Urinary incontinence in women is usually divided into several types; stress incontinence, emergency incontinence, mixed incontinence, overactive bladder and overflow incontinence. Stress and emergency incontinence account for 90% of all incontinence cases in women. The most important risk factors for incontinence are advanced age and pregnancies with vaginal delivery. Obesity and a family history of incontinence also increase the likelihood of developing incontinence.
Types of Urinary Incontinence in Women
Stress incontinence is defined as leakage associated with increased intra-abdominal pressure or physical activity such as coughing, sneezing, or getting up from a chair. It occurs in 25-45% of women over the age of 30. It is caused by atrophy or damage to the pelvic floor muscles, ligaments, or fascia. This is often associated with childbirth and menopause.
Urgent (sudden) incontinence is leakage associated with or immediately after the sudden need to void (called urgency). The volume of urine lost is variable and complete emptying of the bladder, known as complete incontinence, may occur. Immediate incontinence occurs due to overactivity of the detrusor muscle. This overactivity may be neurogenic or idiopathic secondary to an underlying pathology. Neurogenic overactivity of the bladder can result from any condition that causes a loss of neurological control, most commonly stroke, multiple sclerosis, spinal cord injury or spina bifida.
UTI- Urinary Tract Infections
Secondary causes of urinary incontinence include urinary tract infection (UTI), sexually transmitted infections (STI), interstitial cystitis, atrophic vaginitis, bladder diverticulum, or previous pelvic radiation or surgical treatment. Idiopathic overactivity is poorly understood, but it occurs with aging and is closely linked to overactive bladder syndrome.
Overactive Bladder Syndrome
Overactive bladder syndrome is a largely idiopathic urological condition involving urgency, frequency, and often nocturia. Urgent incontinence with no known cause is often referred to as overactive bladder. However, in people with overactive bladder, urgency and frequency may occur without resulting in any incontinence. Frequency of urination is usually defined as more than eight times a day. The cause of overactive bladder is not fully understood, but loss of neurological control of detrusor muscle activity is thought to contribute to the condition. Overactive bladder is managed in the same way as emergency incontinence.
Mixed incontinence is defined as a combination of stress and urgency incontinence and occurs in approximately one-third of women with incontinence. Mixed incontinence becomes more common with age as multiple disease states begin to emerge, for example, idiopathic urgency incontinence begins to develop in a woman with a weak pelvic floor causing stress incontinence. Management should follow the individual management of each type of incontinence, but focus on the dominant type.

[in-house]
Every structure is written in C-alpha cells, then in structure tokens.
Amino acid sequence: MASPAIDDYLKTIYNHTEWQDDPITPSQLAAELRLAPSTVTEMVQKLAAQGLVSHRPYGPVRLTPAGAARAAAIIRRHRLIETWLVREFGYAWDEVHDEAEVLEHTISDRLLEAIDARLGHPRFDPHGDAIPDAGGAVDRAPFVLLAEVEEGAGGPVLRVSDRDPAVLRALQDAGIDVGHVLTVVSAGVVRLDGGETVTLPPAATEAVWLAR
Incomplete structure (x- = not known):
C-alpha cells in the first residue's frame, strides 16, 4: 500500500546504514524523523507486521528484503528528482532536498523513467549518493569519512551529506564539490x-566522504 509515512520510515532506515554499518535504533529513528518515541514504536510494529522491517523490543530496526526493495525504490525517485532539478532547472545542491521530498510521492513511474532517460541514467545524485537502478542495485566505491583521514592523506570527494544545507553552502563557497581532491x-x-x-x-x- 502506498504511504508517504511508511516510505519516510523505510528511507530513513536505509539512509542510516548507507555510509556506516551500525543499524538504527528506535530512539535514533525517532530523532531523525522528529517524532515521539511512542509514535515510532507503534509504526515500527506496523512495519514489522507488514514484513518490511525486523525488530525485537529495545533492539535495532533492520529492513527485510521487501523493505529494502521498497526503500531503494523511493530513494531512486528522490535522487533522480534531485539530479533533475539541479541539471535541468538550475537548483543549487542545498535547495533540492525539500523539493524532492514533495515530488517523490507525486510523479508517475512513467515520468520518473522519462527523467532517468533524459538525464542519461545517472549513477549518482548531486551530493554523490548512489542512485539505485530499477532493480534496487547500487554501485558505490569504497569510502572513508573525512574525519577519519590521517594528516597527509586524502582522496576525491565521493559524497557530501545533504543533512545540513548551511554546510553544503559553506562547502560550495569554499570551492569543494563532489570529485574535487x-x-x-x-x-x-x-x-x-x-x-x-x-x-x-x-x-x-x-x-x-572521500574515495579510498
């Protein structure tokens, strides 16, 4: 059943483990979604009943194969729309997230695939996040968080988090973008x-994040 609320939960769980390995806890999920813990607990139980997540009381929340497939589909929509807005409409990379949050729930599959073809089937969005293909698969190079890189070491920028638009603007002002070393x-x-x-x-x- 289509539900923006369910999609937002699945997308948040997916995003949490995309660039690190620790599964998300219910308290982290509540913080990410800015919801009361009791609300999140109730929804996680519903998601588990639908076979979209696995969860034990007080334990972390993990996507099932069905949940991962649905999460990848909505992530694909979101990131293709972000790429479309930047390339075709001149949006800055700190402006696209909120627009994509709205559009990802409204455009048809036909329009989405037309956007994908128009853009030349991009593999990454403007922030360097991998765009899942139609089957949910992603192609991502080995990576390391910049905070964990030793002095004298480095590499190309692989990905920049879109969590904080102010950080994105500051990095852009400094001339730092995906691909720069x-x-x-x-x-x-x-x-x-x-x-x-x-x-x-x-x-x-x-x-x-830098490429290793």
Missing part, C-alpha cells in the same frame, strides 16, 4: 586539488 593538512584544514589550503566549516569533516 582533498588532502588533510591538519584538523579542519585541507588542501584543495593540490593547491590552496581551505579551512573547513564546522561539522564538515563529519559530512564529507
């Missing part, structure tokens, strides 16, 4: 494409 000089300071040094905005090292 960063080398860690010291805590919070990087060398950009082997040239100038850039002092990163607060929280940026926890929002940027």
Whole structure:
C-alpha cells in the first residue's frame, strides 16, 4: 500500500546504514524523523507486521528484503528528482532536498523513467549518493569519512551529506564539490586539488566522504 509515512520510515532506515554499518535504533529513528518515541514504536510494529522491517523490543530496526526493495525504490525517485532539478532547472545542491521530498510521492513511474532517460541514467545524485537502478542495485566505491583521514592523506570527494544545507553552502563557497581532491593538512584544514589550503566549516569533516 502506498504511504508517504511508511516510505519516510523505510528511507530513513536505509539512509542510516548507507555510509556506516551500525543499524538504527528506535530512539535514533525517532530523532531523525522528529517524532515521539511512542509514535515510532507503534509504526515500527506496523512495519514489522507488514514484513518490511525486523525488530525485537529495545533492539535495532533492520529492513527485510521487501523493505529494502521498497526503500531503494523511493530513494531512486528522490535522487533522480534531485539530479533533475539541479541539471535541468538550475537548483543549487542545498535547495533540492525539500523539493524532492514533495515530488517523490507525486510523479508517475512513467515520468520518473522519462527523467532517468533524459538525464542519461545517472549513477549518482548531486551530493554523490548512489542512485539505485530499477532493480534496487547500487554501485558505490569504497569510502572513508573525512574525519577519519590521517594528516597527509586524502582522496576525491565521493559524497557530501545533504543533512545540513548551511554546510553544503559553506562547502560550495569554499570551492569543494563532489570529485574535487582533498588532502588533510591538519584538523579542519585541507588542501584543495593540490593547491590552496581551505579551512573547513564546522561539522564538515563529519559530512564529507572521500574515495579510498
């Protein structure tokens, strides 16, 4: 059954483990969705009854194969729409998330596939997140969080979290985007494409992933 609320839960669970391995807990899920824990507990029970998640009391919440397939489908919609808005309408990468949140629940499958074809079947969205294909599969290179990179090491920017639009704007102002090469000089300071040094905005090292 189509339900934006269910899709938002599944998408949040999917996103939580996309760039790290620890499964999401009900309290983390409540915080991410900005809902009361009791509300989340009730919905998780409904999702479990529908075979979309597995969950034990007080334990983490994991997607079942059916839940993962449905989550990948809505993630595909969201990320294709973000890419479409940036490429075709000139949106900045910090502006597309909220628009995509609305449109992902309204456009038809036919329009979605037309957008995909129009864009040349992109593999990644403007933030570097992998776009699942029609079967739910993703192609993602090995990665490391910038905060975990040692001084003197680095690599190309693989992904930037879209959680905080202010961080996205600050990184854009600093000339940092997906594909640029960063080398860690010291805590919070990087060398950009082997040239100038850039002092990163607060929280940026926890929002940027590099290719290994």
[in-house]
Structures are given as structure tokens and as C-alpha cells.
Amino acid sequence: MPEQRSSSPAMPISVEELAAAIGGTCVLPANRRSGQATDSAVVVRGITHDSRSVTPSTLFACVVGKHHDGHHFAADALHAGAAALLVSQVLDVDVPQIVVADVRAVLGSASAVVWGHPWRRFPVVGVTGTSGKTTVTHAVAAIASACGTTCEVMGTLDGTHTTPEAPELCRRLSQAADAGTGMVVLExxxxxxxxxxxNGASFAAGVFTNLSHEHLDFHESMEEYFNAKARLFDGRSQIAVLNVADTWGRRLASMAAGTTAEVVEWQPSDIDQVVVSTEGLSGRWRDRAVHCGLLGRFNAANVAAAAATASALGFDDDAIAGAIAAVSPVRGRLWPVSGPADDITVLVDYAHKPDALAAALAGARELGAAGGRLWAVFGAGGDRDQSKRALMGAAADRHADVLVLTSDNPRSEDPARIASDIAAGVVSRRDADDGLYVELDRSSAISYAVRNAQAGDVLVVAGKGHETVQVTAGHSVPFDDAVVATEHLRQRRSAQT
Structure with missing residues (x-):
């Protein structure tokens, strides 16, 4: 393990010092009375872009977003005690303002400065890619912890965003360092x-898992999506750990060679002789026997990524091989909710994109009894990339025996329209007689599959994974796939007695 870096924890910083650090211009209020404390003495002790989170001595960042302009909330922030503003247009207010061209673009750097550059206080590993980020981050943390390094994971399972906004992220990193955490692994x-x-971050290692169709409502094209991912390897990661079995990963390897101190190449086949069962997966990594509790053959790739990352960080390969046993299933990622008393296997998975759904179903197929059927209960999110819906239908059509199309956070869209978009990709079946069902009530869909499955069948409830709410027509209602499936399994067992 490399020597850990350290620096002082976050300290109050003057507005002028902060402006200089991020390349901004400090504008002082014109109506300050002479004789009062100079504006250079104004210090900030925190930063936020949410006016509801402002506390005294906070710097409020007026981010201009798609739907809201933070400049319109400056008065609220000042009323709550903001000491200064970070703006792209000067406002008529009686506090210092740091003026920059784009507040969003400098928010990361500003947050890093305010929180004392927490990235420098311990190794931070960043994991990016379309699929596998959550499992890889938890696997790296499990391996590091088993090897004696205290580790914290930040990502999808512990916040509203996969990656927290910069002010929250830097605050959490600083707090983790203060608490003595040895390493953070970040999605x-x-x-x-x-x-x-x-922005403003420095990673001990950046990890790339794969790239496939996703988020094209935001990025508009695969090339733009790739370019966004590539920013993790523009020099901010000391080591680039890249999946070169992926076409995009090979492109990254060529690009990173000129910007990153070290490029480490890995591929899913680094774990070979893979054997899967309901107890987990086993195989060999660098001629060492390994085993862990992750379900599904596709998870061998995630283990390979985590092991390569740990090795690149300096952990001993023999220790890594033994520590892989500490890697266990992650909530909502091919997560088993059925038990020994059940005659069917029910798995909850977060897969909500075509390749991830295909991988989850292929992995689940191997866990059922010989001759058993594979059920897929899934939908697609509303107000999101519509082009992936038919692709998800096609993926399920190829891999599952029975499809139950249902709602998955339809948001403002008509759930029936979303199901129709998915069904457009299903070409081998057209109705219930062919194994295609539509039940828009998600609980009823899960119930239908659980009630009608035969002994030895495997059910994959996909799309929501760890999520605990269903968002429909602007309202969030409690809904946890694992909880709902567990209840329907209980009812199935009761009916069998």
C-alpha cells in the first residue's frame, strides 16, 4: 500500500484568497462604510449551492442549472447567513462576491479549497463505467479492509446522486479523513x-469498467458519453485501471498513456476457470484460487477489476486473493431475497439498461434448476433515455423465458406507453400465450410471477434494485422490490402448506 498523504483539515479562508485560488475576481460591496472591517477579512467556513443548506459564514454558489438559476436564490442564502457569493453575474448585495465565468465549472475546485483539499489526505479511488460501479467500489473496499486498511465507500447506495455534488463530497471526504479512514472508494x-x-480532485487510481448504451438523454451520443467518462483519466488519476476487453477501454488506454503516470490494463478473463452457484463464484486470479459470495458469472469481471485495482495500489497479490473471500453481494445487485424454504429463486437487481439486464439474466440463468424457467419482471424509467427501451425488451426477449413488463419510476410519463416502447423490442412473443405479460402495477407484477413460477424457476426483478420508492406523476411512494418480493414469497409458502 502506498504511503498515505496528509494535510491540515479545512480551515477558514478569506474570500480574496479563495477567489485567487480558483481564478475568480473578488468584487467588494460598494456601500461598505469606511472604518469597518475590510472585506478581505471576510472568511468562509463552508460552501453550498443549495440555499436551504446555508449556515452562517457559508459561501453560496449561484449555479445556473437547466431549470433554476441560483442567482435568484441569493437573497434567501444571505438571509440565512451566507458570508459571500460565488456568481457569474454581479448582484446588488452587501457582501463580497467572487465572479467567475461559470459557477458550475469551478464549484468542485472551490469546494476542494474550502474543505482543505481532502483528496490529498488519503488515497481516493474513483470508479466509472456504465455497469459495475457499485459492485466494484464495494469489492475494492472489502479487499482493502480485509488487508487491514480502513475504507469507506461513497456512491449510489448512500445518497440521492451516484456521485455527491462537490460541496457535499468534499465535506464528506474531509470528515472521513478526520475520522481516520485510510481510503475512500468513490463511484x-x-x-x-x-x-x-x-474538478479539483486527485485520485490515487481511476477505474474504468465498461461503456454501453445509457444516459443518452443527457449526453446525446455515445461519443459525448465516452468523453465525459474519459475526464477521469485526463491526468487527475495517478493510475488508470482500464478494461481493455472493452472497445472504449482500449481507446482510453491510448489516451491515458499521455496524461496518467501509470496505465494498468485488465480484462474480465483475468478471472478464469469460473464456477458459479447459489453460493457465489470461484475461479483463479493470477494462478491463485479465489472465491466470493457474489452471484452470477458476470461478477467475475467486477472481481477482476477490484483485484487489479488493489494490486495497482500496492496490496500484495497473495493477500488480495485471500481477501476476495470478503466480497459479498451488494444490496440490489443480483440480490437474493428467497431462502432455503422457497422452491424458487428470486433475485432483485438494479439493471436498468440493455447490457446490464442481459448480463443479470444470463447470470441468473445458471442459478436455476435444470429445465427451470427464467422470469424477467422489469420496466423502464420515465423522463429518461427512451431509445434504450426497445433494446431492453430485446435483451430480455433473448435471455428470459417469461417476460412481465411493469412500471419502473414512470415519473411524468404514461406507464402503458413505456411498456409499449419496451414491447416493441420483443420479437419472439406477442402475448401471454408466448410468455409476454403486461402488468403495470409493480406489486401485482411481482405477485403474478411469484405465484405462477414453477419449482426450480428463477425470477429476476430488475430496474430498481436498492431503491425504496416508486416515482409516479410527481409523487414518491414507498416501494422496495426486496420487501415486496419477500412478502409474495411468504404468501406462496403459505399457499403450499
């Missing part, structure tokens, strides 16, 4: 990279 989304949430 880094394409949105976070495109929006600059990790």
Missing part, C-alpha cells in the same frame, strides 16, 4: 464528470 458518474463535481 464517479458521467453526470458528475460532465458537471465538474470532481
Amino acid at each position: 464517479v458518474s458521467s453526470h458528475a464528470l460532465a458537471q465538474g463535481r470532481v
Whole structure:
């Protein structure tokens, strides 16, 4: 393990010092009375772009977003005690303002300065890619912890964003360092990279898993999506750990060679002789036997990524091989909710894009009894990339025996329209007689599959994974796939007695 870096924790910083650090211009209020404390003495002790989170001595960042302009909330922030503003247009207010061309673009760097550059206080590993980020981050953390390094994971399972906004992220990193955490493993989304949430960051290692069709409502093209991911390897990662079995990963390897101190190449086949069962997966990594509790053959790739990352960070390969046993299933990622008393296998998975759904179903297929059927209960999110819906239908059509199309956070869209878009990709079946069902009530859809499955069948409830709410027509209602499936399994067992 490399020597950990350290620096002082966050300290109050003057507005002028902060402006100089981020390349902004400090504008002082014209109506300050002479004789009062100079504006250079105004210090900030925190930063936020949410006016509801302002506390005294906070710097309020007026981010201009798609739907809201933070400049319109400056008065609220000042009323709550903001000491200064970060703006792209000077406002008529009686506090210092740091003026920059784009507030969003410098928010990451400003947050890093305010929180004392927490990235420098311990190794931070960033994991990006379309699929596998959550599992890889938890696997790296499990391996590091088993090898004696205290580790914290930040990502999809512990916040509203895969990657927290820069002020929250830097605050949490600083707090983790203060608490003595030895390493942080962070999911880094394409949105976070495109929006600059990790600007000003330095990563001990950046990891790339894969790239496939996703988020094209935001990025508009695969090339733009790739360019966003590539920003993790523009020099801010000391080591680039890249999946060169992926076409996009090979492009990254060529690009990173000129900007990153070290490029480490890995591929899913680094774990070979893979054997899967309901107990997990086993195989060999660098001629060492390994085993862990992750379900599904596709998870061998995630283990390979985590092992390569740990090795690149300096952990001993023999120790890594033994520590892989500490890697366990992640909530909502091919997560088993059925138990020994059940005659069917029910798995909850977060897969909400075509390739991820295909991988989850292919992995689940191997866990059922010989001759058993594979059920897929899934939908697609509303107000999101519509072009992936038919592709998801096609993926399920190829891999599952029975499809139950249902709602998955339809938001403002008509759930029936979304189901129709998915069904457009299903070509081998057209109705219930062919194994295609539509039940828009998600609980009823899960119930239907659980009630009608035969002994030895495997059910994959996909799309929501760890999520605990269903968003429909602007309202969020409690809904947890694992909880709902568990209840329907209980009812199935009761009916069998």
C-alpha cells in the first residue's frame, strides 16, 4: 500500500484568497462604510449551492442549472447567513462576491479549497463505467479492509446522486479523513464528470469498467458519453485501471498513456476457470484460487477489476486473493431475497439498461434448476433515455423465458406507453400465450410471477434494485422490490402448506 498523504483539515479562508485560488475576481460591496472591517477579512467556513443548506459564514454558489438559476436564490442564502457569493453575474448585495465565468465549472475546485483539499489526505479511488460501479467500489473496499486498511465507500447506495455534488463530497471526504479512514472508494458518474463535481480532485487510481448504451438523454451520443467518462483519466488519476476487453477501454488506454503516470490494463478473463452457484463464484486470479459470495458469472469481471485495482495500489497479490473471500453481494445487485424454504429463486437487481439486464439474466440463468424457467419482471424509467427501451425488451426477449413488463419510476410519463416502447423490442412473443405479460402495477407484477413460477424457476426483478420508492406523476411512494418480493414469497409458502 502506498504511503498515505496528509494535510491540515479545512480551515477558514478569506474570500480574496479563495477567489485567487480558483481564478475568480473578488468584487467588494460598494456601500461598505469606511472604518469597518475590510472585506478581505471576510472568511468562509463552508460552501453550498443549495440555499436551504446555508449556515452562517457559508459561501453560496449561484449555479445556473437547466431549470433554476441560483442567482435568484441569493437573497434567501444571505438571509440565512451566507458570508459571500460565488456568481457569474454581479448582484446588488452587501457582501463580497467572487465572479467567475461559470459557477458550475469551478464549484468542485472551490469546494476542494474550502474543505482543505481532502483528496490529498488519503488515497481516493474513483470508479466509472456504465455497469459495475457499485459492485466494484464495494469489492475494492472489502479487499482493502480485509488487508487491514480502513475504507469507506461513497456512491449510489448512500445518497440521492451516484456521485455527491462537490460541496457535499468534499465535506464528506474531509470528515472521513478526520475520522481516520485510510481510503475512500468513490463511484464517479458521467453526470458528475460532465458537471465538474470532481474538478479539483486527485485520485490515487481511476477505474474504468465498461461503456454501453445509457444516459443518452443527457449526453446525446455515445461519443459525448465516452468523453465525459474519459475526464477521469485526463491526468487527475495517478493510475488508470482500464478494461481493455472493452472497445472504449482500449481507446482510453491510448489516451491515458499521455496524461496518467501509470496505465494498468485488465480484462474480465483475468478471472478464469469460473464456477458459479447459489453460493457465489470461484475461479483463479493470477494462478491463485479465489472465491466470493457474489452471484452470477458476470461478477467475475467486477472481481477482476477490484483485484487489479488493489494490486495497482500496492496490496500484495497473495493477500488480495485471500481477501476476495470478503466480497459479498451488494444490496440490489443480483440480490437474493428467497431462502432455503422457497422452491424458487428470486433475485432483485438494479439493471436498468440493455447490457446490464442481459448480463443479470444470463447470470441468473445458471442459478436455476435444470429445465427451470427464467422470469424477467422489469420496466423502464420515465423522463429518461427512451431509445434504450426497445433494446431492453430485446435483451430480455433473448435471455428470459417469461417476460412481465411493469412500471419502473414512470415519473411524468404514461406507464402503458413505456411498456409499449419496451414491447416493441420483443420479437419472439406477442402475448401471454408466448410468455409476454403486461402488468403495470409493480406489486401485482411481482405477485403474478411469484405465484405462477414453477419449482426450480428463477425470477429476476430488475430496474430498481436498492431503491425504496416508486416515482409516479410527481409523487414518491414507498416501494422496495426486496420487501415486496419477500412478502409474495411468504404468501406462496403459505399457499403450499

Overflow incontinence occurs when there is an obstruction in the bladder neck or when there is a disruption in detrusor contractility so that leakage occurs from an overfilled bladder, often without urgency. It is more common in men. Urethral obstruction, sagging of the pelvic organs, neurological damage, and conditions that can reduce sensation in the bladder, such as stroke, multiple sclerosis, and diabetes, can cause overflow incontinence.
Other Types of Incontinence
Other types/causes of incontinence include:
1. Functional incontinence: Occurs when cognitive or physical impairments prevent the patient from voiding independently and appropriately.
2. Leakage after urination: It is the leakage that occurs after urination due to residual urine in the urinary tract.
3. Urogenital fistula: It is the place where a passage is opened between the bladder / urethra and the vagina by passing through the urethral sphincter. Urogenital fistula can cause complete incontinence. Among women in the developed world, this is most often due to complications from gynecological surgery, eg hysterectomy.
How Does the Bladder Work?
The bladder is a muscular urinary reservoir that sits behind the inguinal symphysis. A normal bladder in an adult holds 300 – 600 mL of urine. When healthy, bladder function is controlled by coordination between musculoskeletal and neurological inputs. The neurological control of the bladder is biphasic and works like a switch: alternating between storage or voiding. The neural pathways that control urination are complex and include the brain, spine, and peripheral ganglia. These pathways include autonomic (sympathetic and parasympathetic) and somatic nerves (via the pudendal nerve). NB Acetylcholine is one of the neurotransmitters of the parasympathetic pathways that mediate detrusor contraction, so anticholinergic drugs are used to stabilize the bladder.